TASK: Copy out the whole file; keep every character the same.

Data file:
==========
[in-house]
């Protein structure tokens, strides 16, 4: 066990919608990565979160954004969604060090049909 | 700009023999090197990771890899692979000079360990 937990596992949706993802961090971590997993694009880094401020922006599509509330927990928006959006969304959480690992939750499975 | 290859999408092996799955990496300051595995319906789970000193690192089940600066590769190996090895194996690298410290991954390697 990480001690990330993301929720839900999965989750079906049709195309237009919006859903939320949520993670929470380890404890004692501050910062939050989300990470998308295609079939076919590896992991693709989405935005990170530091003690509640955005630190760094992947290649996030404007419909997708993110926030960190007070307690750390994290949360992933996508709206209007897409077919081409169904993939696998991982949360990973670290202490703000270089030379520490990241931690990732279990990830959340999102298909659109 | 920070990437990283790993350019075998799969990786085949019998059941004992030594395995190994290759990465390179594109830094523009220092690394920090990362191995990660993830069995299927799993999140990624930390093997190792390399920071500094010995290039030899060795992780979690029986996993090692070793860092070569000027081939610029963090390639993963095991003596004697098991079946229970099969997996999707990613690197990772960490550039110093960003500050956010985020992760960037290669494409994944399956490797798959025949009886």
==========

[in-house]
């Protein structure tokens, strides 16, 4: 066990919608990565979160954004969604060090049909 | 700009023999090197990771890899692979000079360990 937990596992949706993802961090971590997993694009880094401020922006599509509330927990928006959006969304959480690992939750499975 | 290859999408092996799955990496300051595995319906789970000193690192089940600066590769190996090895194996690298410290991954390697 990480001690990330993301929720839900999965989750079906049709195309237009919006859903939320949520993670929470380890404890004692501050910062939050989300990470998308295609079939076919590896992991693709989405935005990170530091003690509640955005630190760094992947290649996030404007419909997708993110926030960190007070307690750390994290949360992933996508709206209007897409077919081409169904993939696998991982949360990973670290202490703000270089030379520490990241931690990732279990990830959340999102298909659109 | 920070990437990283790993350019075998799969990786085949019998059941004992030594395995190994290759990465390179594109830094523009220092690394920090990362191995990660993830069995299927799993999140990624930390093997190792390399920071500094010995290039030899060795992780979690029986996993090692070793860092070569000027081939610029963090390639993963095991003596004697098991079946229970099969997996999707990613690197990772960490550039110093960003500050956010985020992760960037290669494409994944399956490797798959025949009886």